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Which One?

  1. Jun 1, 2008 #1
    Hi all. This question has probably been asked before but I couldn't find it so. Over the past year I have dabbled with a few programming languages such as C,C++ and perl. My question is, which one should I really focus on and why?
    Thanks for any help.
  2. jcsd
  3. Jun 1, 2008 #2
    My personal opinion is that if one is interested in becoming a competent programmer for the purposes of, say, scientific computing or mathematical finance, then one should learn three languages well. Learn a good, well-documented, and fast compiled language. Learn a good, well-documented, and fast interpreted language. And learn a good, well-documented, and full-featured interpreted language. My own preference would be:

    • Compiled language: C++. There's an argument to be made that a knowledge of C or F90 is useful for really low level stuff, but I've rarely found it necessary to use any other compiled language than C++. It's stable, fast, and there are some great compilers available for it. What's more, it's portable as can be if you're not silly about your code.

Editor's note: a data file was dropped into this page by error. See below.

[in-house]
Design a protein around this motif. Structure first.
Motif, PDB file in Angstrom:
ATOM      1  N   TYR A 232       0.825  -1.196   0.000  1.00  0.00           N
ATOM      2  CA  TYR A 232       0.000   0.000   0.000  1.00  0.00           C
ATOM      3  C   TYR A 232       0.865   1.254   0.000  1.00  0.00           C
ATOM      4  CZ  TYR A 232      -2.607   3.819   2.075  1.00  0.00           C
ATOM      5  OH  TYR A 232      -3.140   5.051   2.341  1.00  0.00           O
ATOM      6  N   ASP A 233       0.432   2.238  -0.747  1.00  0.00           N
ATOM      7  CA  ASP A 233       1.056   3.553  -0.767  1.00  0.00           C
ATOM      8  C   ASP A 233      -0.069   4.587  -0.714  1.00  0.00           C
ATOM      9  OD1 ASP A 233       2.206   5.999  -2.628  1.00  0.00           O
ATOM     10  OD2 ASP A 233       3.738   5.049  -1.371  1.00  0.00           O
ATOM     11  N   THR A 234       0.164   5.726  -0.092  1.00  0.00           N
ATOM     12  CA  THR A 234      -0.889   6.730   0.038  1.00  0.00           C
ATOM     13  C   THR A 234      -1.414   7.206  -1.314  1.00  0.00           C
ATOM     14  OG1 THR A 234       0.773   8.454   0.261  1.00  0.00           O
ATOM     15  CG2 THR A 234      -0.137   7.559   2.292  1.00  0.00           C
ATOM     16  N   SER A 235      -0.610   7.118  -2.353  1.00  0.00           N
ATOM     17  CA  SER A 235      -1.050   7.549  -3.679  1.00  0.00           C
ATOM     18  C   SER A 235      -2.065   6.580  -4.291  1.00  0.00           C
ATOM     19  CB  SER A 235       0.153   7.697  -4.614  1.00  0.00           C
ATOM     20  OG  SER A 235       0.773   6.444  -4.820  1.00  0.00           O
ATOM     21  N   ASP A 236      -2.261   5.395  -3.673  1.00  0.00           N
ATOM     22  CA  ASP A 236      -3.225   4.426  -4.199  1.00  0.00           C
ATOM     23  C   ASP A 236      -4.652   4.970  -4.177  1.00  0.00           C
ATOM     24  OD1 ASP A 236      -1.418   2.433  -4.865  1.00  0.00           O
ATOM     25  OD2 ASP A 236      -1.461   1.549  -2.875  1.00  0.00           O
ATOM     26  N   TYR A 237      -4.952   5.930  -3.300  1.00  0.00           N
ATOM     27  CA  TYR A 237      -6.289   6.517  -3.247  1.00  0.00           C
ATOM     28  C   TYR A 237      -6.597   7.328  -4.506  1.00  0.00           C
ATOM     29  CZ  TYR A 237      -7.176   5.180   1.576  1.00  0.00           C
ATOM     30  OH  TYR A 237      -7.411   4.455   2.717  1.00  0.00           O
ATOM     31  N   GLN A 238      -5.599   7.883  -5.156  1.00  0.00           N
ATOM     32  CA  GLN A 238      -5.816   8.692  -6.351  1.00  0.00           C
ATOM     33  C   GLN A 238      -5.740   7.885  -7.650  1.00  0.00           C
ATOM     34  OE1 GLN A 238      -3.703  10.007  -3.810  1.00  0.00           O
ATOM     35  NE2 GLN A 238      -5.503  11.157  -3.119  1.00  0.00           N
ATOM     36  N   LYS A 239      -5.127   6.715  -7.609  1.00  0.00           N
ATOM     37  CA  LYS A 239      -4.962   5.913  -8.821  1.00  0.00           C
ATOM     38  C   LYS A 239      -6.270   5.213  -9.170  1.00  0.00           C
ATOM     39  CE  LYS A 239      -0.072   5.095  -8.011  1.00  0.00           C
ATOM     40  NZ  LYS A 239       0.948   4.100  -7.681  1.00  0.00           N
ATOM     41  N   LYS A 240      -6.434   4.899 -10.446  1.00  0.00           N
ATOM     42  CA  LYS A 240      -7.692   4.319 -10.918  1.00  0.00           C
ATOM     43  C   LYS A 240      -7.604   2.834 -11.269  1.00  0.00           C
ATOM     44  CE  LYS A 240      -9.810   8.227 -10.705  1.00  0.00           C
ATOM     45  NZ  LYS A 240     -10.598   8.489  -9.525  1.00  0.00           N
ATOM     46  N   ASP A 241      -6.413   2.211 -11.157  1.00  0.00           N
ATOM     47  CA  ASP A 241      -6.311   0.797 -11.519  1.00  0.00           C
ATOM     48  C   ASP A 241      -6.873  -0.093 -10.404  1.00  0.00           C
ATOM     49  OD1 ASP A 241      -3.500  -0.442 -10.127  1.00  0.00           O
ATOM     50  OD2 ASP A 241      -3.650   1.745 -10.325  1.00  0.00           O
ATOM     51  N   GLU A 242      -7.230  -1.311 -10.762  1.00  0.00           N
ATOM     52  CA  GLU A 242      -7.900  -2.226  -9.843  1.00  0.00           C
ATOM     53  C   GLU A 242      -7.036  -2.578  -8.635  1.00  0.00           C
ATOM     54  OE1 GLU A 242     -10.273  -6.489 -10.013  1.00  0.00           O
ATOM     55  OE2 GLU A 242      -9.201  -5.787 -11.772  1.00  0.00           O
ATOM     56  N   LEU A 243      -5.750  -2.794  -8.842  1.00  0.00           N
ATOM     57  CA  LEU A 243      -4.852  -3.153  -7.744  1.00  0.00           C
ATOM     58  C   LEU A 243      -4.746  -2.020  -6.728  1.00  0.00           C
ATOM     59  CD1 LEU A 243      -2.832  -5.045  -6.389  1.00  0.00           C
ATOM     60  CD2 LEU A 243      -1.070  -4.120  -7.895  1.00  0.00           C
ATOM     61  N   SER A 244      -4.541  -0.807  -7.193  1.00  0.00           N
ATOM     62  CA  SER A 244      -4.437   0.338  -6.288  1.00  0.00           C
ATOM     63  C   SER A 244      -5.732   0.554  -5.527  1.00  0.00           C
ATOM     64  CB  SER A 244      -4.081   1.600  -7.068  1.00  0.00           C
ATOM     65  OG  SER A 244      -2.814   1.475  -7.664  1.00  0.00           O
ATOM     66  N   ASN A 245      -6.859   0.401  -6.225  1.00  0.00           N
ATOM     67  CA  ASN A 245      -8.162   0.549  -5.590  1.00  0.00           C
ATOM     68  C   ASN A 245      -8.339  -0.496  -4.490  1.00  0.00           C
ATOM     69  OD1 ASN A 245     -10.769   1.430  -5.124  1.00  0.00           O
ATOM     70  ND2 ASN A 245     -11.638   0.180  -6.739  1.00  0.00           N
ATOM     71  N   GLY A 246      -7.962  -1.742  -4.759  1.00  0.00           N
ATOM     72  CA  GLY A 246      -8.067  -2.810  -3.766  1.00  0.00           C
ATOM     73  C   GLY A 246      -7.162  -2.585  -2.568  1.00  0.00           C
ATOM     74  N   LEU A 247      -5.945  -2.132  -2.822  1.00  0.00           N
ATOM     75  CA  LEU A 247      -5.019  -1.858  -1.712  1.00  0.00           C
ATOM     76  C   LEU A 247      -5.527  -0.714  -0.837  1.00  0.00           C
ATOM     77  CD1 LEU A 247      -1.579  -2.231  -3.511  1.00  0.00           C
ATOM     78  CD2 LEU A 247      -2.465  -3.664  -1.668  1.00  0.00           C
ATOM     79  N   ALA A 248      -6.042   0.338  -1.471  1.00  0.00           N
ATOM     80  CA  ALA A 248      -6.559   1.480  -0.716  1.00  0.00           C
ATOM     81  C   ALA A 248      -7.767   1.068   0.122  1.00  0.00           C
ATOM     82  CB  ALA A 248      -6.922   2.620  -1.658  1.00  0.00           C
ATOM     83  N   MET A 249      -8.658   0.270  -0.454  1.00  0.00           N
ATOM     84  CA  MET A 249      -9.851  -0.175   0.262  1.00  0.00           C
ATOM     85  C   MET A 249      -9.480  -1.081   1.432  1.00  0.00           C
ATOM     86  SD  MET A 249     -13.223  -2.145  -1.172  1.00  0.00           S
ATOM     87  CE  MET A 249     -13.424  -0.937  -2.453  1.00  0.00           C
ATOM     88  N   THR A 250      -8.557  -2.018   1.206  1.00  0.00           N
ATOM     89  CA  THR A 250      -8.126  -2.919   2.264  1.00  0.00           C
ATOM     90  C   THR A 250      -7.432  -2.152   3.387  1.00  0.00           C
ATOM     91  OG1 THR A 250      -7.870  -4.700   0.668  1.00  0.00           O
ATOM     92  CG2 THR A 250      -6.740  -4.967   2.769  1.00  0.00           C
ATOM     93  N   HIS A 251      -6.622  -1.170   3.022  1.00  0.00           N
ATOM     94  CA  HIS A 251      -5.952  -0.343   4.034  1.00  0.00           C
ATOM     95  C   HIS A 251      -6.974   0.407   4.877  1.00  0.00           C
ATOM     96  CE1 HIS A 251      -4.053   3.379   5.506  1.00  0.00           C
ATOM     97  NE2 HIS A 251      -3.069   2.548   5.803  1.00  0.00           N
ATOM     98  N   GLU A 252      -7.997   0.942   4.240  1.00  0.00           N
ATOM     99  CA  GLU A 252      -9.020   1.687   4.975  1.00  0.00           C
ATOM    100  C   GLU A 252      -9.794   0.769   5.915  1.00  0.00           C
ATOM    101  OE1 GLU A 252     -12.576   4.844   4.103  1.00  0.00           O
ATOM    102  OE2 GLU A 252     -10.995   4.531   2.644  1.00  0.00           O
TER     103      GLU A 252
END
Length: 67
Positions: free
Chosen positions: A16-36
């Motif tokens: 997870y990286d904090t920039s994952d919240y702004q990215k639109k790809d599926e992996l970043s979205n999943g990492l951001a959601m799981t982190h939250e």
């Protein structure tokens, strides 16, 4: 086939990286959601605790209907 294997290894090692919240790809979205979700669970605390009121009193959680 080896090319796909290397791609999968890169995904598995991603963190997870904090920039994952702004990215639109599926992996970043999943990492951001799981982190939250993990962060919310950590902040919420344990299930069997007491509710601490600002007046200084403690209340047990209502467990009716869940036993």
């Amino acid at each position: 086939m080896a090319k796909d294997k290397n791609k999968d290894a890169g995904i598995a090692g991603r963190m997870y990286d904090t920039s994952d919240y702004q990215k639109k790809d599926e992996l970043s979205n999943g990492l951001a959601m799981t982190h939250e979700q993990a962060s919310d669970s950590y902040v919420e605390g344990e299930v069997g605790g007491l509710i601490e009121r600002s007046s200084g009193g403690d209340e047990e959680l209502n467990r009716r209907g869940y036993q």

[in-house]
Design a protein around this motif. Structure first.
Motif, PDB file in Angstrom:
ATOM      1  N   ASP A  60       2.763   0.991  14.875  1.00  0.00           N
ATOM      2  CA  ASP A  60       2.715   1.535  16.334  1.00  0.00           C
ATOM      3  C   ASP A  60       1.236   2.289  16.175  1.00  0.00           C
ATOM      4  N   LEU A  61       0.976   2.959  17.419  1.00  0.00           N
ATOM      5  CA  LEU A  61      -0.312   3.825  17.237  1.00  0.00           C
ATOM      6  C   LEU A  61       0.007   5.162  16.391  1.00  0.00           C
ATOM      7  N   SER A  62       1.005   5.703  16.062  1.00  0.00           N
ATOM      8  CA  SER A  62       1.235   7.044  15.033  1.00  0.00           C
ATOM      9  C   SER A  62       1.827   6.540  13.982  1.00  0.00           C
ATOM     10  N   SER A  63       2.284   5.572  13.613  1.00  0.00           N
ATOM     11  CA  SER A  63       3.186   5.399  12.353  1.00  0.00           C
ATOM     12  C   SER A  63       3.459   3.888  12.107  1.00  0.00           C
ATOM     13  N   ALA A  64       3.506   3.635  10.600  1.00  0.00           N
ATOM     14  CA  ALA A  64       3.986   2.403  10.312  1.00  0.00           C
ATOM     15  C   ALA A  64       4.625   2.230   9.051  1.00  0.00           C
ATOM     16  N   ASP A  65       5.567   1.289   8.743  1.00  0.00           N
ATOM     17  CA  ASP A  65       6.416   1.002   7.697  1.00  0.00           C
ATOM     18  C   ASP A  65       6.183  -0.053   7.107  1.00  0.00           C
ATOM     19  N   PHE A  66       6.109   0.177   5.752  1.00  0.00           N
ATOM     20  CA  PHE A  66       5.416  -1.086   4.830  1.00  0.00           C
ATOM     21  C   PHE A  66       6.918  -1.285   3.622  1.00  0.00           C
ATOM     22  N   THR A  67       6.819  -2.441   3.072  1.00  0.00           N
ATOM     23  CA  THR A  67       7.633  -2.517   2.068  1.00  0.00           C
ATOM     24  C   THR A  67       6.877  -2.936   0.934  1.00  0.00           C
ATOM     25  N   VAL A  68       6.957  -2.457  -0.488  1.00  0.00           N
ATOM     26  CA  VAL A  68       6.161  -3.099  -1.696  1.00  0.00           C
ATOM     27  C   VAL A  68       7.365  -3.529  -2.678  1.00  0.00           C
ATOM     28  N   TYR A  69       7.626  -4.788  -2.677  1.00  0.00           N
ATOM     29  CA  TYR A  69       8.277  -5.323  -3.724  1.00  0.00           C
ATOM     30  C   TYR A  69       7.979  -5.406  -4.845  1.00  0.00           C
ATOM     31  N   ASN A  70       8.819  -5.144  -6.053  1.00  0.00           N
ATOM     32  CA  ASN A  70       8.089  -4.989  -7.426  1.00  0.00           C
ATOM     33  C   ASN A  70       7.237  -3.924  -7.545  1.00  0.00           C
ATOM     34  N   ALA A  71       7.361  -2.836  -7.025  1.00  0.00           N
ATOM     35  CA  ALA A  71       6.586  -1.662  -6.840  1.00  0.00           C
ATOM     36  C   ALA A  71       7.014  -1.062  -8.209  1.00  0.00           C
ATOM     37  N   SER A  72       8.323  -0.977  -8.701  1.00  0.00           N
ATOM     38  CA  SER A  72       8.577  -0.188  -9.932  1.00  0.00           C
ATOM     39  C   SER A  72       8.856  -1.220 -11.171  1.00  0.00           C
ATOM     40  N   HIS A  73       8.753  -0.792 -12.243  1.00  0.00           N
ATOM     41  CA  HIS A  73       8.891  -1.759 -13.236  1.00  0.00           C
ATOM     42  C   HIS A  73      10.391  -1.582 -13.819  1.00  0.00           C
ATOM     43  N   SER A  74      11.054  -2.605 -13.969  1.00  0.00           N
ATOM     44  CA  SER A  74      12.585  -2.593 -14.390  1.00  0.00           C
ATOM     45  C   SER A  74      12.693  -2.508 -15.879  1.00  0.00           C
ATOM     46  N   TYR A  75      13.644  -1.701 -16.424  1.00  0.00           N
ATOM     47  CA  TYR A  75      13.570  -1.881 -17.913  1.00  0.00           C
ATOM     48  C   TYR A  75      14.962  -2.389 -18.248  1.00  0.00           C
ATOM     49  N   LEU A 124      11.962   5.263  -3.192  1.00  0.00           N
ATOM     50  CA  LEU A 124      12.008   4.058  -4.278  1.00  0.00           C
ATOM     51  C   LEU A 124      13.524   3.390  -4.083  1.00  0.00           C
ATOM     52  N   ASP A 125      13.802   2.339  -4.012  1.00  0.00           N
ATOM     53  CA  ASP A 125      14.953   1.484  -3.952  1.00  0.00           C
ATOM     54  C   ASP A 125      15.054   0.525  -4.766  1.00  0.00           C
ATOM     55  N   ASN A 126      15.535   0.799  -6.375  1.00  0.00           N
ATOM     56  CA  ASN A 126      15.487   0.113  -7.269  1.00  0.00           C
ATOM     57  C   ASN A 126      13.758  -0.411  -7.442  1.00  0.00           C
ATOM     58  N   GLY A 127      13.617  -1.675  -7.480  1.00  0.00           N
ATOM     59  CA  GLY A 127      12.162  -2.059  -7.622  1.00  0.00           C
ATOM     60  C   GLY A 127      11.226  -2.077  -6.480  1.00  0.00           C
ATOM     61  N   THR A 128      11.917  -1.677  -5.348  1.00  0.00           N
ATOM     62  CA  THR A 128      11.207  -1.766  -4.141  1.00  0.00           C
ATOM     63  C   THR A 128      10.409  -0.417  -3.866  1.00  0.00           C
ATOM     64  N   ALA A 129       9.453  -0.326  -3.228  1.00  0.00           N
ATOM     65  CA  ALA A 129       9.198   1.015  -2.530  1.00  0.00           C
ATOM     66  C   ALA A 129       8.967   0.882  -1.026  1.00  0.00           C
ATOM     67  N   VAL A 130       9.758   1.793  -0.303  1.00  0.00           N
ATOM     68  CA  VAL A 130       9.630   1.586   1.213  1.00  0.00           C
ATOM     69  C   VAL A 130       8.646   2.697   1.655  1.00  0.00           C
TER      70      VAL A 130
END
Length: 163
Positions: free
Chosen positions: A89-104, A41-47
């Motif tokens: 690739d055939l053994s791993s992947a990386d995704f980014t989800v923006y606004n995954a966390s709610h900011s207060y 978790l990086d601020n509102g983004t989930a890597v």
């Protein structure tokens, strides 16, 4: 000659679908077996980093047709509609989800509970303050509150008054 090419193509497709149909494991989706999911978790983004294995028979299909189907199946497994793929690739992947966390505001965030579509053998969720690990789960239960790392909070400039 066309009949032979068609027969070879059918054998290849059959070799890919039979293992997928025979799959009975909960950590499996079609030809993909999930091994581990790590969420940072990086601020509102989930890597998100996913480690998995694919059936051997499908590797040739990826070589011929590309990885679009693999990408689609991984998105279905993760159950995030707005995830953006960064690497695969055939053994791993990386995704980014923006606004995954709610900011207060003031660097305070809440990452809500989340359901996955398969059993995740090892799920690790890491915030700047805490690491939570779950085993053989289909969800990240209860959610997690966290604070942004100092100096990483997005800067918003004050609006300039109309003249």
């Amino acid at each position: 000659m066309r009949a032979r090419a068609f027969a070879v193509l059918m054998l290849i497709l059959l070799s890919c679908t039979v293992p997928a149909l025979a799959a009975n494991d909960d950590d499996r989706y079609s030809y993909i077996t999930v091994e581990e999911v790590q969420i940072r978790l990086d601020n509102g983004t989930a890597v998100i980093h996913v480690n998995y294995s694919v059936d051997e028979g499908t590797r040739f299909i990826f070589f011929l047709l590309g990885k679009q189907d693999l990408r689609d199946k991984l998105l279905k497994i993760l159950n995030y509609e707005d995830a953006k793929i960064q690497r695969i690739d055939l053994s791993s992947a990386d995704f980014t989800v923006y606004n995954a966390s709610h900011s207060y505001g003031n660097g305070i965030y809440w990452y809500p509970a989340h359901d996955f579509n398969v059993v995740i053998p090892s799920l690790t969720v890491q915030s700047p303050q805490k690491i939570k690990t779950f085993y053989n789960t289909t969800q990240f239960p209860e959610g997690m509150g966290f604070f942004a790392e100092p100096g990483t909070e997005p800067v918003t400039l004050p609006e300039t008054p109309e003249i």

• Fast interpreted language: Python. For far too many reasons to go into here, it really is a great language to know.
    • Full-featured interpreted language: Matlab. Yes, it's expensive as hell unless you get a student copy. Yes, the JVM makes the Matlab desktop slower than it needs to be. And yes, it's proprietary software. But none of that matters. It's the industry standard in areas like mathematical finance, it's got simply wonderful graphics-handling capabilities, and it comes with some seriously powerful toolboxes. The great thing is that you can call these features from C/C++ to combine speed and sophistication.
  4. Jun 1, 2008 #3
    I might look into Ruby as your fast, high high level language. In Ruby, everything is an object, even literals, so you can strengthen your OO principles. I've found this helps reinforce my knowledge of the OO paradigm, and thus making me more proficient in C++. Ruby seems to be the up and coming thing. Plus, in Ruby is similar to perl.
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